An open propeller shaft with two universal joints takes the drive to the back-axle, which is of the banjo semi-floating type. Spiral bevel gears are used on the touring cars and straight bevels on those intended for racing.

New Front-Axle Layout

The chassis arrangement is the same as that used on the smaller cars, with the side-members upswept over the front axle and underslung at the rear. The front suspension is however, distinctly novel. At the front end the springs are carried outside the dumb-irons, giving an unusually wide spring base. At the rear end a normal type of shackle

is used, but instead of attaching the axle to the springs by the conventional U-bolts it is free to rock slightly in cradles. In this way the springs are relieved of most of the braking stresses, these being taken by wire braces running from the chassis to brackets carried above the axle-cradles. The front portions of the springs have also to withstand the stress of locating the axle, but being in tension are well suited to the job. The rear springs follow normal practice, and friction shock-absorbers are used fore and aft.

The other important change from previous Aston-Martin practice is the use of hydraulically-operated brakes, the reliability of which have by now been well proven on the majority of modern racing cars. The drums are almost as large as the wheel and are constructed of aluminium alloy, and have cast-iron liners.

The back-plates are also made of light metal. Air scoops serve to deflect air into the interior of the drum and on to the cylinders of the Lockheed operating gear. Separate master-cylinders coupled in tandem are used for the front and rear pairs of brakes, so that half the brakes will remain in operation even in the unlikely event of a pipe breaking.

The chassis is of channel-section throughout, with numerous cross-members of the same type. The short-chassis car has a wheelbase of 8 ft. 6 in. as compared with the 10 ft. of the touring car, the track in each case being 4 ft. 61 in. The short-chassis weighs 18 cwt.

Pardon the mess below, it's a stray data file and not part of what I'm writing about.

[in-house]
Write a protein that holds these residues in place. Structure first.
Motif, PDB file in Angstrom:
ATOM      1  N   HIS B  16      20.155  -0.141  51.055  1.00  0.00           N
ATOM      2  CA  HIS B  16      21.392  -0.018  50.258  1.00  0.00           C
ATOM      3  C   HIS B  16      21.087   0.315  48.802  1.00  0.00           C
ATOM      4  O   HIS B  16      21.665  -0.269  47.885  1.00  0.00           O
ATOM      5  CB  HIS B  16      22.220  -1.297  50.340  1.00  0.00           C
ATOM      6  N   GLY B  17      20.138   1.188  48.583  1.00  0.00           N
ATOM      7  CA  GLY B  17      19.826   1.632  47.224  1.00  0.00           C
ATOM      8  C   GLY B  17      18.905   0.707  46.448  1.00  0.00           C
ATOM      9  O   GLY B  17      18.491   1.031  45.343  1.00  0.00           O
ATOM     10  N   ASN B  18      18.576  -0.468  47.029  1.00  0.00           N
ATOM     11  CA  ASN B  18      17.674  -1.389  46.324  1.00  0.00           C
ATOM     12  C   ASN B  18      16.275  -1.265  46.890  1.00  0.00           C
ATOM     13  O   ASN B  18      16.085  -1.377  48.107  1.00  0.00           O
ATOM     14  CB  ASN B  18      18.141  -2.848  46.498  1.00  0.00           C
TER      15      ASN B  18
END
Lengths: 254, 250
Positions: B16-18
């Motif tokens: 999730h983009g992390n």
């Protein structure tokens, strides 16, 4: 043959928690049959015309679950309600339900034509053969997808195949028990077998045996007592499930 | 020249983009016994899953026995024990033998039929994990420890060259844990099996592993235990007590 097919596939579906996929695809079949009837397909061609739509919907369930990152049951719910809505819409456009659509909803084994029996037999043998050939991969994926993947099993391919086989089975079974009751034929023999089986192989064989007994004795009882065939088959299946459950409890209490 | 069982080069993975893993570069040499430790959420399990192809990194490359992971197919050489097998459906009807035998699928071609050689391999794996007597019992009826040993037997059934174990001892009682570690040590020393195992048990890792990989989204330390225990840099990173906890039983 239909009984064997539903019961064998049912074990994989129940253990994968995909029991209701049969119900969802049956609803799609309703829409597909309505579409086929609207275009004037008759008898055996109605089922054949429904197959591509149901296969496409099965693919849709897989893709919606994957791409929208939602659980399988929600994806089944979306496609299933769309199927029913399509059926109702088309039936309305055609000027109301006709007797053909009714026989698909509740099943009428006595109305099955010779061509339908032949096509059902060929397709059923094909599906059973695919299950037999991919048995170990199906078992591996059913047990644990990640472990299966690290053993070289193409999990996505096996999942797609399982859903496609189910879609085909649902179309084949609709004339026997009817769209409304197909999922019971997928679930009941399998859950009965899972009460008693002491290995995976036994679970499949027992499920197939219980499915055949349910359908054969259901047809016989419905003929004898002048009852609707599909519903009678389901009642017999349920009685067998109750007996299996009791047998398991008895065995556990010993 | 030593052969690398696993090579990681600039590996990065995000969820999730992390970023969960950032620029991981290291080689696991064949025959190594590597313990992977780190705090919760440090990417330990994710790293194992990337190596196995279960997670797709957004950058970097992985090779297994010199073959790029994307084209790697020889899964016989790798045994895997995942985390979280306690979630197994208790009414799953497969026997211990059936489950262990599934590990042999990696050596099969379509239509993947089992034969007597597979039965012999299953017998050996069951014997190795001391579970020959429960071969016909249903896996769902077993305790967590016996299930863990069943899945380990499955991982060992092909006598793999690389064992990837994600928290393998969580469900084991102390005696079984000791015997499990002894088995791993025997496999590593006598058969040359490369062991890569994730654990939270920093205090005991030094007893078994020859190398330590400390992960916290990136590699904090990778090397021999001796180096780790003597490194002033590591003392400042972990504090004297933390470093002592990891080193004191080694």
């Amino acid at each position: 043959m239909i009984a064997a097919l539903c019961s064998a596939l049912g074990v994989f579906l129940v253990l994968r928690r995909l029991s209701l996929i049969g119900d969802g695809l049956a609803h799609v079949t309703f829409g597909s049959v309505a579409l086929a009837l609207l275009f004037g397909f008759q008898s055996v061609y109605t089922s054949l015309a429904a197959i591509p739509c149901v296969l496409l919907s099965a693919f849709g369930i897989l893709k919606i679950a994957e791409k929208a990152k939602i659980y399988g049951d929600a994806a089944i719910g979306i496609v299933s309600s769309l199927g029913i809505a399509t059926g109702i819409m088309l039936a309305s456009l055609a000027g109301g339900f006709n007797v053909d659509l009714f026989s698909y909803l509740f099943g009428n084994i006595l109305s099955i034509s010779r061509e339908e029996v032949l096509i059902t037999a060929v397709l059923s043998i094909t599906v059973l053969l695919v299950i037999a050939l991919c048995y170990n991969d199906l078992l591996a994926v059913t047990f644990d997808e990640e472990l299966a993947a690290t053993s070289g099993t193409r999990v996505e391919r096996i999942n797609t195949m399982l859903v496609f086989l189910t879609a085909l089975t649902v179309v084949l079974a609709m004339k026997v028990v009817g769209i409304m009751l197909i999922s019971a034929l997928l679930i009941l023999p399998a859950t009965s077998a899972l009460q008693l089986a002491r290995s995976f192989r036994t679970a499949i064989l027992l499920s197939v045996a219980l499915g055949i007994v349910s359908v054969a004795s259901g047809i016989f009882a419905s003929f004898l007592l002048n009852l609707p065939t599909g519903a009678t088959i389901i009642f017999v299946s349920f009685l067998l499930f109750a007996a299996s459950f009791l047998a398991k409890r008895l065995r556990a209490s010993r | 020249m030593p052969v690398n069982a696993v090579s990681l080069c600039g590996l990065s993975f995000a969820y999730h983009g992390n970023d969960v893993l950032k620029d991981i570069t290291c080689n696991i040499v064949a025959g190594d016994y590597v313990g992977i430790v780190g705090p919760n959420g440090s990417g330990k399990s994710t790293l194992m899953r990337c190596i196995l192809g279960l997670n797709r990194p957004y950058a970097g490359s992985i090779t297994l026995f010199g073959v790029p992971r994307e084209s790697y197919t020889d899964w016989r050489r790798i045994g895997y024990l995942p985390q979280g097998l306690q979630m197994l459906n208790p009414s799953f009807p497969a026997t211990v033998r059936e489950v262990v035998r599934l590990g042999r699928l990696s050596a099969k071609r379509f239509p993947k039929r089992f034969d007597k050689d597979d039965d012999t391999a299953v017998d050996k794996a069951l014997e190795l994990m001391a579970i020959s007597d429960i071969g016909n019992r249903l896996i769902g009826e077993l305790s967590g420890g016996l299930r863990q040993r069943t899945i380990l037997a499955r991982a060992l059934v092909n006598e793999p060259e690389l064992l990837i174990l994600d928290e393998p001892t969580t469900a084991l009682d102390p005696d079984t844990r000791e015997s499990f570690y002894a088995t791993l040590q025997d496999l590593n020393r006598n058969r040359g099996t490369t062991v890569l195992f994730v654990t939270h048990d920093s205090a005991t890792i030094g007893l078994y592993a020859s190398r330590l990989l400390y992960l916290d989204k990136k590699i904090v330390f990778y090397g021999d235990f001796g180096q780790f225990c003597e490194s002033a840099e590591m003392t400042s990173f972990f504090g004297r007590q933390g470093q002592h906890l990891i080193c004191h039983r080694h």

The price of the long-chassis model has not yet been .fixed, but the short model will cost #300 for the chassis alone. With a light two or four-seater competition body the price is £875.

camshafts where drilled passages feed it to the cam-faces and other vital spots.

The engine temperature is controlled by means of a thermostat in the lower water connection. The cylinder-block is cooled by thermo-syphon, the full stream from the water-pump being directed into the cylinder-head. A carbon packing gland is used on the pump, ensuring notrouble service without any attention from the owner. The gear-box is mounted in unit with the engine, and the power is transmitted through a Borg and Beck single-plate clutch. The casing, the shafts, and the gears themselves are all exceptionally robust, and all bearings are either ball or roller. Straight pinions are employed for all gears, the overall ratio with the standard back-axle being 4.4, 6.11, 8.33 and 11.38 to 1. Speeds on the gears at 5,500 r.p.m. are 104 m.p.h., 76 m.p.h., Continued on page 863